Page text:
St. George Electric Scooter Accidents
These new electric scooters are cheap, easy, and fun. Many people are enjoying their use, however, with an increase in scooter riders, we are seeing a heavy increase in electric scooter accidents as some people on scooters are getting hit by cars. Utah has joined the many states allowing e-Scooter traffic. Although it permits these app-controlled scooters on its roadways, Utah does not have specific laws governing electric scooters, and every Utah city has varied, contradicting electric scooter laws governing scooters. So what laws apply to you in your city? How can you avoid a citation? What to do if you are in a scooter accident?
Let’s start with the basics: Utah has an over-arching law that is the default for scooters. Utah Traffic Code § 41-6a-1115. This law can be altered by city ordinances but it is the place to start to understand the best way to protect yourself when it comes to scooters.
What Are The LAws?
Do I need a license?
To ride a scooter, there is no requirement to have a driver’s license or driver’s permit.
Anyone under 15 years old must be under the direct supervision of a parent or guardian. There are no exceptions. This is probably the most frequently violated law concerning scooters.
Also, although you may feel like a child when you are on these scooters, actual children under 8 years old are not allowed to ride the scooters on public property. This includes sidewalks, pathways, and roadways. Do not let your children under 8 ride these scooters. If you do, you could be ticketed.
Where Can You Ride?
There are restrictions on where you can ride your scooter as well. You may feel as free as a “bird” (pun intended) while riding these scooters, but you are not free to go wherever you want. A person may not operate a motor assisted scooter (electric scooter) in the following areas:
A. in a public parking structure;
B. on public property posted as an area prohibiting skateboards;
C. on a highway consisting of a total of four or more lanes designated for regular vehicular traffic;
D. on a highway with a posted speed limit greater than 25 miles per hour;
Please know that the information above is given in generalities and that each case or claim is different. For that reason, if you have been in an accident, it is highly recommended that you speak with a qualified attorney.
What about roads with a change in speed limits?
A great example of two conflicting streets is in St. George -The main street that runs through the city, where the majority of the scooters are located, is called St. George Boulevard. Electric scooter laws are in place to protect you but it’s important to survey your surroundings. That road has a speed limit of 30mph and runs east to west. However, actual Main Street in St. George, which has hundreds of storefronts, has a speed limit of 25mph. Main Street runs north to south and crosses with St. George Boulevard. So, if you are looking to ride a scooter in St. George, you may find yourself picking up your scooter on the Boulevard and dropping it off on Main Street. That means that you should start off riding on the sidewalk when on St. George Blvd, then switch to riding on the roadway when on Main St. This can be confusing and different laws apply for sidewalk travel vs. roadway travel. To add to the confusion, some cities do not allow scooters to ride on the sidewalks at all.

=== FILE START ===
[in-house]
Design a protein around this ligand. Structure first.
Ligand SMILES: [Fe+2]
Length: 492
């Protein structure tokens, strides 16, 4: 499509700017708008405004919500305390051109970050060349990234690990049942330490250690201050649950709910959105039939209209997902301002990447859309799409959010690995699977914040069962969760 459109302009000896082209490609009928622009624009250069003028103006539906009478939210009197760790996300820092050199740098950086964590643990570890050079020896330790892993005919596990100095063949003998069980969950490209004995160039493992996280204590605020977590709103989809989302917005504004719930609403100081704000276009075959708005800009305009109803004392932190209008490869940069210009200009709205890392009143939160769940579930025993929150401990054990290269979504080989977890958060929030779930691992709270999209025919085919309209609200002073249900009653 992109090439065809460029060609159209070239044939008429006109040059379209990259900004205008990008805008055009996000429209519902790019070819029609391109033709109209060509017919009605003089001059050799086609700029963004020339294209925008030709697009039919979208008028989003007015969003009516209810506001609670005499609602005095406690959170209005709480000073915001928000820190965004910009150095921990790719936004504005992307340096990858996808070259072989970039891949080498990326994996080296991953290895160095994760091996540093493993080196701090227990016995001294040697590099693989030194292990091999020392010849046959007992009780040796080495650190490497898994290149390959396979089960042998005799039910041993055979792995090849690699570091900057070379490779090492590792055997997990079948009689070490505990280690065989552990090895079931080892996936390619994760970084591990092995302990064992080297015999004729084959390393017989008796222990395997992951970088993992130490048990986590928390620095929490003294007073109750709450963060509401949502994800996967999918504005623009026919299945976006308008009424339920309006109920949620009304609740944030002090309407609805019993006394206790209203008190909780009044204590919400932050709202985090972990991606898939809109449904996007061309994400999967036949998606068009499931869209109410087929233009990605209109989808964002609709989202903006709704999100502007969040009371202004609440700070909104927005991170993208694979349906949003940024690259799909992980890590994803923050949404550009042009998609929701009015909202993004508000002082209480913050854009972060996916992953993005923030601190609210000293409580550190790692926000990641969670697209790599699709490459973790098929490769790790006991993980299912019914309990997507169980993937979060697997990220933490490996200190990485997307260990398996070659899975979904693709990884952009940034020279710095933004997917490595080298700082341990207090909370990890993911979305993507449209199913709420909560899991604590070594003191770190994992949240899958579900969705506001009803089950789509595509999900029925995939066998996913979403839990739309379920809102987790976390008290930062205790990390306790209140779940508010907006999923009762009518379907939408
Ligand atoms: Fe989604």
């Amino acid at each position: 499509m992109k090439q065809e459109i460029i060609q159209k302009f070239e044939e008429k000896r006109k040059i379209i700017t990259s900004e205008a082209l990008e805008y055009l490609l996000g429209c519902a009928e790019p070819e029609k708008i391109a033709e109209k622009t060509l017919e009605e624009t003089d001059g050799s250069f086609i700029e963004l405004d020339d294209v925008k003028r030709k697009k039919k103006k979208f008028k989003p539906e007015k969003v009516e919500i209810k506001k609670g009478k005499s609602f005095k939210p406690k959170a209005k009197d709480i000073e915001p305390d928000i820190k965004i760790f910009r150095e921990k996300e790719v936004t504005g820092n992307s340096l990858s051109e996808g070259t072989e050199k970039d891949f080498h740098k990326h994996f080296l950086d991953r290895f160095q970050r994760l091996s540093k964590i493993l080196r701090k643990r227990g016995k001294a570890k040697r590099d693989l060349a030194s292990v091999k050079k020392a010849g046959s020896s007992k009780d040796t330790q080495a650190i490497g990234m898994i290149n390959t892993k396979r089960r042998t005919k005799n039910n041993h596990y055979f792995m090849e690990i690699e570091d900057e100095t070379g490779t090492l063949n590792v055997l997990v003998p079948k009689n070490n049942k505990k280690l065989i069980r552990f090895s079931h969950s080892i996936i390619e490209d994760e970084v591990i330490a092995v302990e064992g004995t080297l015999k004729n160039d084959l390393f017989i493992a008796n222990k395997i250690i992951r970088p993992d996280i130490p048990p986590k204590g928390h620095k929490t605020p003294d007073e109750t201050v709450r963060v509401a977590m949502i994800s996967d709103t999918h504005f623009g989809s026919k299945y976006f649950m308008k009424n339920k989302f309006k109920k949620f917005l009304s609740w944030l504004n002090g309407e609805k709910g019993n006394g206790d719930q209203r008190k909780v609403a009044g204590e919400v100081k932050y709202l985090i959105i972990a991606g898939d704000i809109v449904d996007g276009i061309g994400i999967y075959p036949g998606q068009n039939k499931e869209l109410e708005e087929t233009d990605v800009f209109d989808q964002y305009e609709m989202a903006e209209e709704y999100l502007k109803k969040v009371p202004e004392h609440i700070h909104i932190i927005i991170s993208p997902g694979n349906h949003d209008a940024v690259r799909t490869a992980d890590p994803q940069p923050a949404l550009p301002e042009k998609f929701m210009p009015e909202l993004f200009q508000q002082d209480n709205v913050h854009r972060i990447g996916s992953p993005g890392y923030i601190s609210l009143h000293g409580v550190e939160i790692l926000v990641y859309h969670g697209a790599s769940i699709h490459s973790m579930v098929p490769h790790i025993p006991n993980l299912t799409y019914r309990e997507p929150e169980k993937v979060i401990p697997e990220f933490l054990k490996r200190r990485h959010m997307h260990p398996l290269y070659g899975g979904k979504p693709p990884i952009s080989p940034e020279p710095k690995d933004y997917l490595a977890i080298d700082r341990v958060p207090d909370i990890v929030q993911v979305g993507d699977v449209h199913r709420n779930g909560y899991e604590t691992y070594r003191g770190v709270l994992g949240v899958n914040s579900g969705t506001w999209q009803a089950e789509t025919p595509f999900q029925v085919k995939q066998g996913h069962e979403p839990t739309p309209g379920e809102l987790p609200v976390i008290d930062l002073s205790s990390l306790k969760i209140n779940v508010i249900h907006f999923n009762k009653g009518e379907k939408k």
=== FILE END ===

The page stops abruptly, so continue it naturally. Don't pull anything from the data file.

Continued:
For these confusing and conflicting laws remember this: If you ride the battery-powered scooter on the roadway, you should comply with the laws that govern the travel of motorcycles and cars. (Of course, do not ride on the roadway if the speed limit is over 25mph.) This means that you must signal when turning, stop at stoplights, stop at crosswalks, and stop behind traffic.
Can I Ride on The Sidewalk?
If you ride the electric scooter on the sidewalk, you must comply with pedestrian laws. Primarily, this means that you cannot travel at an unreasonable speed. You should slow down when coming to an intersection, groups of people, and parking lots. This also means that you can only cross the street when the pedestrian “walk” sign is lit, you must stop at stop signs, and you should only cross at crosswalks.
Overall, there are a lot of pitfalls and loopholes when dealing with these electric scooters. If you have been in a scooter accident, don’t rely on opinion alone. Find a personal injury attorney that knows the electric scooter laws.
One Client’s Story
Take a moment to hear from one of our valued clients as he shares his experience with Mcmullin Injury Law following his scooter accident. Victor recounts how Mcmullin Injury Law provided the essential support he and his wife required when confronted with substantial medical expenses in the aftermath of the accident. They decided to enlist the services of an attorney to advocate for his case.
VICTOR ALLEN, HURRICANE, UT
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